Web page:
PUBLISHED: 15:35 25 June 2013 | UPDATED: 15:35 25 June 2013
Cambridgeshire may lack the impressive coastlines of Suffolk, Norfolk and Essex, but this county still has much to offer with its cultural heritage and stunning countryside. A natural highlight of any trip to the county is the world famous city of Cambridge. Located in the heart of the county, Cambridge is filled with culture and magnificent architecture drawing in visitors from across the globe.
From its origins as a settlement on a Roman river crossing with an Anglo Saxon market, the history of Cambridge incorporates so much more than the iconic university, but it is certainly the 31 historic colleges that have helped to put the city on the international map. To get the most of all that Cambridge has to offer, take a tour of the city in the most traditional way, on your bike, exploring the stunning architecture and incredible atmosphere.
Once you are tired of the saddle, absorb the beautiful scenery around Cambridge on a punt tour down the River Cam, travelling past the momentous King’s College and the picturesque village of Granchester.
The surrounding area of Cambridgeshire also offers a wonderful range of things to see and do. In the north east of the county lies Wisbech, the Capital of the Fens, which is a great place to escape for the weekend. Wisbech is renowned for its elegant Georgian architecture so take a stroll along the Brinks or round the Crescent to see some of the finest Georgian houses in Cambridgeshire.
South of Wisbech is the city of Ely, which is a charming countryside city with a bustling atmosphere within the tranquility of the Fens. Its historic city centre is home to the magnificent Cathedral, known as the Ship of the Fens, which also contains a Stained Glass Museum. You will also find Ely is home to local art and national exhibitions at the Babylon Gallery, while there is the chance to visit Oliver Cromwell’s house, which he inherited in 1636 and is the only remaining house used by Cromwell with the exception of Hampton Court Palace in London.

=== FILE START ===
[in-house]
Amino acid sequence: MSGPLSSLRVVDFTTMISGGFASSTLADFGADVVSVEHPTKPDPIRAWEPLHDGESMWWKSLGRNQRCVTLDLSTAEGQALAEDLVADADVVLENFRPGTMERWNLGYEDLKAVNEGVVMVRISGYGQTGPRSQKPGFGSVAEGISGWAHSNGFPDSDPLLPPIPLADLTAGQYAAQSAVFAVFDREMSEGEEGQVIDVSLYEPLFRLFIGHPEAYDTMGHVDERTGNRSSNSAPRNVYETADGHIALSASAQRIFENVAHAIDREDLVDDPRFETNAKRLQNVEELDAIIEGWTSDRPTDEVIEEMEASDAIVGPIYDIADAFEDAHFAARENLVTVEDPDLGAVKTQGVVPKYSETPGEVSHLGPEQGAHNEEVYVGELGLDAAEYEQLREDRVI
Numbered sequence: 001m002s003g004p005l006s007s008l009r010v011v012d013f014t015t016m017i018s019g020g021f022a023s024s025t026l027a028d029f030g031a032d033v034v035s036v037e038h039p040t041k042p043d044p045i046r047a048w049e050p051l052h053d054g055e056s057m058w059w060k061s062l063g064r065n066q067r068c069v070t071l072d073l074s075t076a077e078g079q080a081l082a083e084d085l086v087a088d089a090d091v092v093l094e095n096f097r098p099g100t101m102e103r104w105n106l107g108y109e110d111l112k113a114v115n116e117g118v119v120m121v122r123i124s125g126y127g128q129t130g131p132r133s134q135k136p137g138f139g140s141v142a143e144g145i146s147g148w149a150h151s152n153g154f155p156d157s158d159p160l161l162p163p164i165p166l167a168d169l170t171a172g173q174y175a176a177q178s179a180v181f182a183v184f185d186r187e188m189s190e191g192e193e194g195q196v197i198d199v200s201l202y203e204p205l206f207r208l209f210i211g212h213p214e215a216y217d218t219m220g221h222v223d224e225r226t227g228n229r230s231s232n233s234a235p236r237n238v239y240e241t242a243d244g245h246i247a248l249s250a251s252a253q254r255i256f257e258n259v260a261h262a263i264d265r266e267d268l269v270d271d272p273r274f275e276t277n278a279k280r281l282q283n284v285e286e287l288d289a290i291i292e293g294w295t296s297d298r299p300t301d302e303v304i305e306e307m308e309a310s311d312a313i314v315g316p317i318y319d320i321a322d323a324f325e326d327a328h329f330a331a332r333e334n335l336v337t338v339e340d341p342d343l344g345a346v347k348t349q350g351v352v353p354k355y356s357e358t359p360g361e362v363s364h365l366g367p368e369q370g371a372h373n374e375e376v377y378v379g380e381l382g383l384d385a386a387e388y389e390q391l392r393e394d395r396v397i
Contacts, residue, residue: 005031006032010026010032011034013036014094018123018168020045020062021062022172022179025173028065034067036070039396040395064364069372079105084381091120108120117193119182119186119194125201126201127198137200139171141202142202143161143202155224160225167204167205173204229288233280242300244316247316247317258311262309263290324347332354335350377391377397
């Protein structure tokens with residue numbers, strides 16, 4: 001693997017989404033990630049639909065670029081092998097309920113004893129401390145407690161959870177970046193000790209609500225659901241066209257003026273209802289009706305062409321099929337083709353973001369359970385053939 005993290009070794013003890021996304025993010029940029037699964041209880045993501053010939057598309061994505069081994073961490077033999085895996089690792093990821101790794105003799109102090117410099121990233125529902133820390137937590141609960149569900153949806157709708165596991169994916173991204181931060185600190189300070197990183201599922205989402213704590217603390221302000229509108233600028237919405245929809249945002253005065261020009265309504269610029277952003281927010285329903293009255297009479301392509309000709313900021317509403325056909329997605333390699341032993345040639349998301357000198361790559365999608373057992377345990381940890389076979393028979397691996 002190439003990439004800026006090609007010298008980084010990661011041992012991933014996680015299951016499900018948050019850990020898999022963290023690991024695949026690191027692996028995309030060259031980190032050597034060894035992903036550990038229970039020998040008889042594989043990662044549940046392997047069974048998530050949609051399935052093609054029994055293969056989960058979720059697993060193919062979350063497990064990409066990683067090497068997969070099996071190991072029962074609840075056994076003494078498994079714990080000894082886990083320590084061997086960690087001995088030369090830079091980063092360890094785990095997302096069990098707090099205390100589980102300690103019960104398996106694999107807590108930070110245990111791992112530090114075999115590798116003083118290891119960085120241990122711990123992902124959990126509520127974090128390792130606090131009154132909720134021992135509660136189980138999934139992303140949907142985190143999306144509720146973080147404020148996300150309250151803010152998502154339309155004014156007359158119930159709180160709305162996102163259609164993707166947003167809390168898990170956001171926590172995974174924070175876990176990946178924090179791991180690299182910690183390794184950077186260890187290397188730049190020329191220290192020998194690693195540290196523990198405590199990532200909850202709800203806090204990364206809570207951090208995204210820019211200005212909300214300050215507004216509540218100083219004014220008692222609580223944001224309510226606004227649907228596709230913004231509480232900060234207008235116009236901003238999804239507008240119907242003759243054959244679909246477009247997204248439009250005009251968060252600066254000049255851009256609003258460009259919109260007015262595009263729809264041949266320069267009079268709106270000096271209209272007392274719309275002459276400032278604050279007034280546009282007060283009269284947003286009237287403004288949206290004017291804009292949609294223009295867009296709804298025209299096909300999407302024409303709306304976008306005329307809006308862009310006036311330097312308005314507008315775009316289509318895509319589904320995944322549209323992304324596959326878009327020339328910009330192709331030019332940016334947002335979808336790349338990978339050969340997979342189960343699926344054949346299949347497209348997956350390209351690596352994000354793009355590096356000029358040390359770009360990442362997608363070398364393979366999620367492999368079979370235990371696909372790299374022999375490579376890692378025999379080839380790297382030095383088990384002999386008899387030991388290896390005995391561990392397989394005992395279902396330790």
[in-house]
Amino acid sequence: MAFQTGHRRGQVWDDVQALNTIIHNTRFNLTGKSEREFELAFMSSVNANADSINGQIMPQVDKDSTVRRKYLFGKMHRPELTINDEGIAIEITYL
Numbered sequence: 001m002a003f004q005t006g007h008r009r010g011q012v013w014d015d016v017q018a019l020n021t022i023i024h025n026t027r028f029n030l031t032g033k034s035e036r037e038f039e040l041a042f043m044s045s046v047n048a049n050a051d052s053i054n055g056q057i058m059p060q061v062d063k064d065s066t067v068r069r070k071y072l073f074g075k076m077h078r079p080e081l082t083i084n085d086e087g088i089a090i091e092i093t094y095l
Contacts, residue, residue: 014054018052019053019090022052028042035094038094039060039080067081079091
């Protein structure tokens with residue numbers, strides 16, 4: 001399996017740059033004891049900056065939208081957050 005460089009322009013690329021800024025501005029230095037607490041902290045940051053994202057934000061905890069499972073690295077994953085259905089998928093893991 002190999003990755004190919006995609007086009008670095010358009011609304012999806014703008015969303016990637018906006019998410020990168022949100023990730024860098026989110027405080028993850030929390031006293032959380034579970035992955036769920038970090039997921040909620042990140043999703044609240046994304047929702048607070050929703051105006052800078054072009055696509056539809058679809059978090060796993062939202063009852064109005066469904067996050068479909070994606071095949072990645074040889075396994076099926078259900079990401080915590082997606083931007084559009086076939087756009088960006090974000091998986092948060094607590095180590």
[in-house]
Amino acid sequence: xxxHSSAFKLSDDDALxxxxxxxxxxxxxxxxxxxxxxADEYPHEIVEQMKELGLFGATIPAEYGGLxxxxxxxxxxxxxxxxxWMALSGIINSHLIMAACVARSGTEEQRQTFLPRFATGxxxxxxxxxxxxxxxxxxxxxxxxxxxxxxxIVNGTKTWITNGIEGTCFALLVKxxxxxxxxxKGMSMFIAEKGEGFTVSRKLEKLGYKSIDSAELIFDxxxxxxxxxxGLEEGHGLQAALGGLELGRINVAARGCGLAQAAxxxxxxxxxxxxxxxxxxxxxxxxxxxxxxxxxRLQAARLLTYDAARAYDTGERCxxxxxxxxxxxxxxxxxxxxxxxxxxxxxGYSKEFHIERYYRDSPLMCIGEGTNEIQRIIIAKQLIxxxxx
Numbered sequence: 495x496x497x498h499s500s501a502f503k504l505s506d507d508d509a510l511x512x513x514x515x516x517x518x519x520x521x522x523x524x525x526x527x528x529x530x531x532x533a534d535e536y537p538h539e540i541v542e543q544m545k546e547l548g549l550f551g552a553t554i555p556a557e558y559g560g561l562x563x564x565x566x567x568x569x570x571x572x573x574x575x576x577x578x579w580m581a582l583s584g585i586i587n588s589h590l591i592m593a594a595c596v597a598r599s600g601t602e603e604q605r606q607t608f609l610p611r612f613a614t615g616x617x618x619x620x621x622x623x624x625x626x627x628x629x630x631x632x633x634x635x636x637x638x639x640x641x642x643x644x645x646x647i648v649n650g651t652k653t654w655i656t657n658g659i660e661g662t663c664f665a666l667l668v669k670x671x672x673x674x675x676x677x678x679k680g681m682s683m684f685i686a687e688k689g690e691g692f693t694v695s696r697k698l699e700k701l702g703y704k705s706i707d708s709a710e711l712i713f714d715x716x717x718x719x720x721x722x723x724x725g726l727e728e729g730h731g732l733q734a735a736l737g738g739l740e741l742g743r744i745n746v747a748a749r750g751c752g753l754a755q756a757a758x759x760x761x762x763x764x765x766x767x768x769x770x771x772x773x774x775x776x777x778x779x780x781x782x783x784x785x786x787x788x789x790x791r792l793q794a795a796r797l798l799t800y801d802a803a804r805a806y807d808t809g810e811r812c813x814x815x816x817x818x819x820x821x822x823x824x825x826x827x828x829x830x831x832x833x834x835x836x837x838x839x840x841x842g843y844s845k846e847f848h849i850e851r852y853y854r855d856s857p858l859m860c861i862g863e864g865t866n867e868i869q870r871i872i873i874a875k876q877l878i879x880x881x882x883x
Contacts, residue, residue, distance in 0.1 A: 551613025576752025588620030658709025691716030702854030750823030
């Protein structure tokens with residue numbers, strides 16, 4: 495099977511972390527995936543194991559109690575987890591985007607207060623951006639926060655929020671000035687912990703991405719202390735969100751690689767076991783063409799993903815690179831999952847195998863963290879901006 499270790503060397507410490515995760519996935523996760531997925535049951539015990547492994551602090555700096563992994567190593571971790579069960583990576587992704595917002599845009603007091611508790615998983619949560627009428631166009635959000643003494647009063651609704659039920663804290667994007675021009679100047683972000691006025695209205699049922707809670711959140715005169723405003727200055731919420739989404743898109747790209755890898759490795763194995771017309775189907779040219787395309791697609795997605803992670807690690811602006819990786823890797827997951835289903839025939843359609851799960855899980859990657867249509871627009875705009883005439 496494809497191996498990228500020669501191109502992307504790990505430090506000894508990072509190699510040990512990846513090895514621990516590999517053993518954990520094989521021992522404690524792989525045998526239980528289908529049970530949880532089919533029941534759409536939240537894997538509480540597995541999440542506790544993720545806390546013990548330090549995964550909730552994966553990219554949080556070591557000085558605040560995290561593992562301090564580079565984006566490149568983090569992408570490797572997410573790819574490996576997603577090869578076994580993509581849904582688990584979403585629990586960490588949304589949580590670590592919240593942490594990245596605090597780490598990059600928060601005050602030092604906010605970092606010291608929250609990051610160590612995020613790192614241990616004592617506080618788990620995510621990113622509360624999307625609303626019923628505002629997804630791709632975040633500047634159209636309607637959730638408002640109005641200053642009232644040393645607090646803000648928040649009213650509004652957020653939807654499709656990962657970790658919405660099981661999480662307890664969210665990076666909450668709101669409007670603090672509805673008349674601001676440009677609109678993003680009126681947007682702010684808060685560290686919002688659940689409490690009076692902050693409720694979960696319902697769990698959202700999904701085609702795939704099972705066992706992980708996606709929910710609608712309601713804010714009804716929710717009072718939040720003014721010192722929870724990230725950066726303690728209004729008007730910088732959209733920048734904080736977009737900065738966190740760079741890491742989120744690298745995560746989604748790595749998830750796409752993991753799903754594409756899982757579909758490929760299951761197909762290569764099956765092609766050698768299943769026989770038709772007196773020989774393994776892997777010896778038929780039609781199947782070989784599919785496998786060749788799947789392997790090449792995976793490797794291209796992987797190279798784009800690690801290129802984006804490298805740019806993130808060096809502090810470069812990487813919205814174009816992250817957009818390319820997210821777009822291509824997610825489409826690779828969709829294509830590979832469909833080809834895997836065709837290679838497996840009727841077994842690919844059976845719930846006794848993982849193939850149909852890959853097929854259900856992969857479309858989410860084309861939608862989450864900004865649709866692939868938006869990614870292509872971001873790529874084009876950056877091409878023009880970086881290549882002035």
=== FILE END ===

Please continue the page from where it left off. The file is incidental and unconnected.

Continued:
The town of Huntingdon, in the west of the county, has much to offer the visitor as it has a stunning high street that sells a variety of national brands alongside coffee shops and pubs to have a relaxing lunch in. For the more archeological visitor, you can explore Castle Hill, which was once the site of Huntingdon Castle, built in 1068. It is now a public open space and is the site of the Castle Hills Beacon.
Eight miles south west of Cambridge is Wimpole Hall and Home Farm, which boasts impressive grounds and a working farm. While further south of the county, The Imperial War Museum Duxford is Europe’s premier aviation museum offering visitors an array of the finest historic aircraft in seven acres of exhibition space. Every summer the skies come alive with dramatic air displays that are not to be missed.